Polycaprolacton  (also known as InstaMorph, ShapeLock and maybe other brand names) is a plastic that becomes workable at 150 deg. F. It's hard at room temperature. It's a great material for inventing and prototyping. This Instructable shows you how to make plastic bolts. I made a 1/4 inch bolt for these instructions. I think this is close to the smallest bolt you could make with this material and process.

Step 1: Gather Materials

Picture of Gather Materials
You will need.
  • 1 x 1/4" bolt
  • 1 x 1/4" nut
  • a source of 150 degree heat. (stove, microwave, hot plate)
  • 1/8 - 1/4 cup Polycaprolactone pellets
  • Thermometer (optional, but handy)
  • Waterproof work surface that won't stick to the Polycaprolactone.
  • Sharp knife or razor blade.
You have many choice for a heat source. A pot of water on the stove works well. You can use a microwave, but I find it to be a pain to keep heating the water all the time. I used a $32 electric skillet with a heat control. I was able to "dial in" 150 deg. F. exactly and hold it there. For other projects I have used a heat gun. Be careful if you use a heat gun. It's easy to overheat the Polycaprolactone or get the bolt scorching hot.

You don't have to use a 1/4" bolt exactly. Any nut and bolt that match could work. I don't think you can make a bolt much smaller than 1/4 inch that's very long and works.

Polycaprolactone will stick to plastic, so test a tiny bit on your work surface before you get going. If you overheat Polycaprolactone it gets stickier. That's a useful trick for other projects, but don't let it get over 150 deg. F in this project.
Chanio3 years ago
Good! I like it!


You said that it sticks on plastic.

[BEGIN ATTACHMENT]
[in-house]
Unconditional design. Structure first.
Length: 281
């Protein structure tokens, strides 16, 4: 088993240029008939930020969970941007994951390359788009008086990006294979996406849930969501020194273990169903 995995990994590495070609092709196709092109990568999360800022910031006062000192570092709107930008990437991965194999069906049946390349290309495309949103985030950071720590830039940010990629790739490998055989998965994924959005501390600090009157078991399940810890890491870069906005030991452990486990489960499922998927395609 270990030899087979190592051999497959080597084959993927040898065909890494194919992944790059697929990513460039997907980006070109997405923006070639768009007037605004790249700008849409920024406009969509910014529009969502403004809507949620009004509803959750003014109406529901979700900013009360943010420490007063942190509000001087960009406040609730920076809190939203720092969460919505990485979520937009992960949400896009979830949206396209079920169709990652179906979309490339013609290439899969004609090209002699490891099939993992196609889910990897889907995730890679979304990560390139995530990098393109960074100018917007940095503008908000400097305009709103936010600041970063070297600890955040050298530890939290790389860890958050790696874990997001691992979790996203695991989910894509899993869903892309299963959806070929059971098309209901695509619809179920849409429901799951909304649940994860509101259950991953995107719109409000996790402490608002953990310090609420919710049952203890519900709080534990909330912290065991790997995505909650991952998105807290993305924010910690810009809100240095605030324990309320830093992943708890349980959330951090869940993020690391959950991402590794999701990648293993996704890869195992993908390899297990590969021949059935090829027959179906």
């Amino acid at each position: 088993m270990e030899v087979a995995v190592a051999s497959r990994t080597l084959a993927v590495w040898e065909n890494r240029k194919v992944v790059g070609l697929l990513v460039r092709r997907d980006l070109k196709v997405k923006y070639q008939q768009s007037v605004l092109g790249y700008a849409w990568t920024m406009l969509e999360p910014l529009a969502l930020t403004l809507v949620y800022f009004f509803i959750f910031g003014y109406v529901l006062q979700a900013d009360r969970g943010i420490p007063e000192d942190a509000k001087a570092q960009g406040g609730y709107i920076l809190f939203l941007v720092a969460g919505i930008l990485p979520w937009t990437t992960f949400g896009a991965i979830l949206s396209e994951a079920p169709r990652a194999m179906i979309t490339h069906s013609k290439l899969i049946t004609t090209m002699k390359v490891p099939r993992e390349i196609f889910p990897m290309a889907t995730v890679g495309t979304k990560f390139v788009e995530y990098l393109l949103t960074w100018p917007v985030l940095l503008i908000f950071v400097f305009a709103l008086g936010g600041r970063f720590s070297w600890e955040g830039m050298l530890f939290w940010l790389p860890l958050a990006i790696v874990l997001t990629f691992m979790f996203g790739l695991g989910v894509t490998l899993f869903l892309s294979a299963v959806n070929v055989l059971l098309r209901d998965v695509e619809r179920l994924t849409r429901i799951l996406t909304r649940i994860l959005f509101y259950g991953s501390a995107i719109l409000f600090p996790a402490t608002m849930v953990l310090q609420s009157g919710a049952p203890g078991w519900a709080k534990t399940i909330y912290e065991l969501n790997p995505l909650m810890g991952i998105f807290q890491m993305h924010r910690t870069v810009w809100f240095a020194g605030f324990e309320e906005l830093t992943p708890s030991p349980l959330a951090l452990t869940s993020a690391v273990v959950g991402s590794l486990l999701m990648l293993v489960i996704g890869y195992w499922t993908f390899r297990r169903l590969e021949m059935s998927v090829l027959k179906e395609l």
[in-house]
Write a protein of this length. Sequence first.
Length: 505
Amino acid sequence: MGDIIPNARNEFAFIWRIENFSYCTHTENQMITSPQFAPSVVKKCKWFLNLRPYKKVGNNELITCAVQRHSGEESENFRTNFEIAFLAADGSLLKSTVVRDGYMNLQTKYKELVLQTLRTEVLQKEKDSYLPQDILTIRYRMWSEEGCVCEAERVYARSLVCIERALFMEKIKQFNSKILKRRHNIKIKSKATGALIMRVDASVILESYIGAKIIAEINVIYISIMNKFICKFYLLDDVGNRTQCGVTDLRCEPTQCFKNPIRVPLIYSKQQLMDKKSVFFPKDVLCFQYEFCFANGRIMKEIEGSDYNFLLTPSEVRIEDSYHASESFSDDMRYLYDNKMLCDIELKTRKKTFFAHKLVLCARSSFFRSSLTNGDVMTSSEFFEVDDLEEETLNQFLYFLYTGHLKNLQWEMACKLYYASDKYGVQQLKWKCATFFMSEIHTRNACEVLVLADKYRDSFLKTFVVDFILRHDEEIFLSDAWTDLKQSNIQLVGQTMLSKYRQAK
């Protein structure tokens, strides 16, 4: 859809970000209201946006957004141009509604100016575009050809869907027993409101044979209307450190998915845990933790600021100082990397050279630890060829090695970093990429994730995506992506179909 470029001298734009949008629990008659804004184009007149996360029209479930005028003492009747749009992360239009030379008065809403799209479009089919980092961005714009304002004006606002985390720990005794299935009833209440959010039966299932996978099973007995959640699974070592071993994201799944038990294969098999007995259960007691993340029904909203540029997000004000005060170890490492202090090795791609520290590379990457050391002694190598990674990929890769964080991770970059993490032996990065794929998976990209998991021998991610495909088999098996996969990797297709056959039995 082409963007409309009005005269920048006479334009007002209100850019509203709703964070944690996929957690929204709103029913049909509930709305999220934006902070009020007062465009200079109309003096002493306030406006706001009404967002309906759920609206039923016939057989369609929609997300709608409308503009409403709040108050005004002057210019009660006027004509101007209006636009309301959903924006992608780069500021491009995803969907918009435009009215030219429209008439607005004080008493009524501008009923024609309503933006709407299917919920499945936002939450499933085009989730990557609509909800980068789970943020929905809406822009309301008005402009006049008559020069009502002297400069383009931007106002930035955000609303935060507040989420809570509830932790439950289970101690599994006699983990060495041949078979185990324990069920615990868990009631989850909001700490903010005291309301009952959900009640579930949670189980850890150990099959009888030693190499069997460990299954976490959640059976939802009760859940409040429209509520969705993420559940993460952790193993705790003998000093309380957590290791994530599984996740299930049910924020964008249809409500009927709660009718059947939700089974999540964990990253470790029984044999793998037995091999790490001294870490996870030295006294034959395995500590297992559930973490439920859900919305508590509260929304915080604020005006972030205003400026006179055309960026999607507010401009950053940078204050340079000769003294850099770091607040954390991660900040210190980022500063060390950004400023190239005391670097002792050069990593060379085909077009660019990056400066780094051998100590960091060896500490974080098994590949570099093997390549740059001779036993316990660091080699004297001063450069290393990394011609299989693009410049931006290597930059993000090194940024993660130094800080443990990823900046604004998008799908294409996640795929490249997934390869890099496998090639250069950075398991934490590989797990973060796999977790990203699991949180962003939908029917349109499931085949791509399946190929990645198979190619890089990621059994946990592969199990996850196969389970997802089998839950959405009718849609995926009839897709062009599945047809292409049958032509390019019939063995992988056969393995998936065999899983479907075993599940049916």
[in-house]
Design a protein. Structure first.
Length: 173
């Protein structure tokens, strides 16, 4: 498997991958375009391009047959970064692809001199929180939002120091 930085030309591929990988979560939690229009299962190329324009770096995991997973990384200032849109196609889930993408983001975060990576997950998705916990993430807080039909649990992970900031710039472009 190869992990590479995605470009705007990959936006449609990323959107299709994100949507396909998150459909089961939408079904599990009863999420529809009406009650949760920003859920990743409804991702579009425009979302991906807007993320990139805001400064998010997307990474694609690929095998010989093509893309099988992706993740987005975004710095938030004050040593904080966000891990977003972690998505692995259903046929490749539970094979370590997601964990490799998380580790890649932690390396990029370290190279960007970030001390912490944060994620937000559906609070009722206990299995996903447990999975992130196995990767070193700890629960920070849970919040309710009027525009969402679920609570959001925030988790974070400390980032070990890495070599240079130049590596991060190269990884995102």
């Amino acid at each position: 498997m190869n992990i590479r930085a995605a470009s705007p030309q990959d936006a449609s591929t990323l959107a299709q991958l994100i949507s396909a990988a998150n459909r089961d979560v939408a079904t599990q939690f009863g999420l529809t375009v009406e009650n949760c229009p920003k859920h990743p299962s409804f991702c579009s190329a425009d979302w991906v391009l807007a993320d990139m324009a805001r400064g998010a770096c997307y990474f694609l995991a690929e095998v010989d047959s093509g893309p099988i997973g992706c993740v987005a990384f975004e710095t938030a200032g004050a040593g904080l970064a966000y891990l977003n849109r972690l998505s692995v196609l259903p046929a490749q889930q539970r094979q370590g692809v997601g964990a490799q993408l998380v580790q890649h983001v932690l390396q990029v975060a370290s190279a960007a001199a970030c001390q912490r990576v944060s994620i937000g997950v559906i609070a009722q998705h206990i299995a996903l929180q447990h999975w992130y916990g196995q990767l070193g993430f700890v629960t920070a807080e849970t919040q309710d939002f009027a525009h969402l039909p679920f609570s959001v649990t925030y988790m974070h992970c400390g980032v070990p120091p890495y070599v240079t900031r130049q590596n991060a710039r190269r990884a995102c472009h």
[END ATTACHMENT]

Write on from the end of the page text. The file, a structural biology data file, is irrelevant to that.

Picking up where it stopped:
Does it stick also on Polycaprolactone pieces?

What I want to know is how do you prevent both parts of the mold to stick together?

And also, how do you prevent the mold from sticking with your project?

I have also worked with molds before, and used to make some protrussions on the first mold in order to make the second part attach exactly on the first one.

In order to achieve this perfect attaching I needed to cover the first mold with some liquid soap or oil to prevent the second mold from sticking with fhe first mold...

Your molds should be pretty accurate to work well. How do you do this?

Thank for this great idea!

dustinandrews (author)  Chanio3 years ago
The shapelock (or whatever brand you use) won't stick very well to itself unless both pieces are hot. So if you have a cold piece and a hot piece, they snap apart as soon as it all cools. Thus my mold technique needs no release agent.
It also won't stick to plastic at 150F (usually). But it will stick like crazy (to plastics) around 180F.

For registering the molds I just relied on the unevenness of the surface of the first half. They second half snapped right into place.

The molds were accurate enough for the screw, but I did touch it up at the end with a metal nut.
WWC3 years ago
Clever. I have never seen this before, very useful.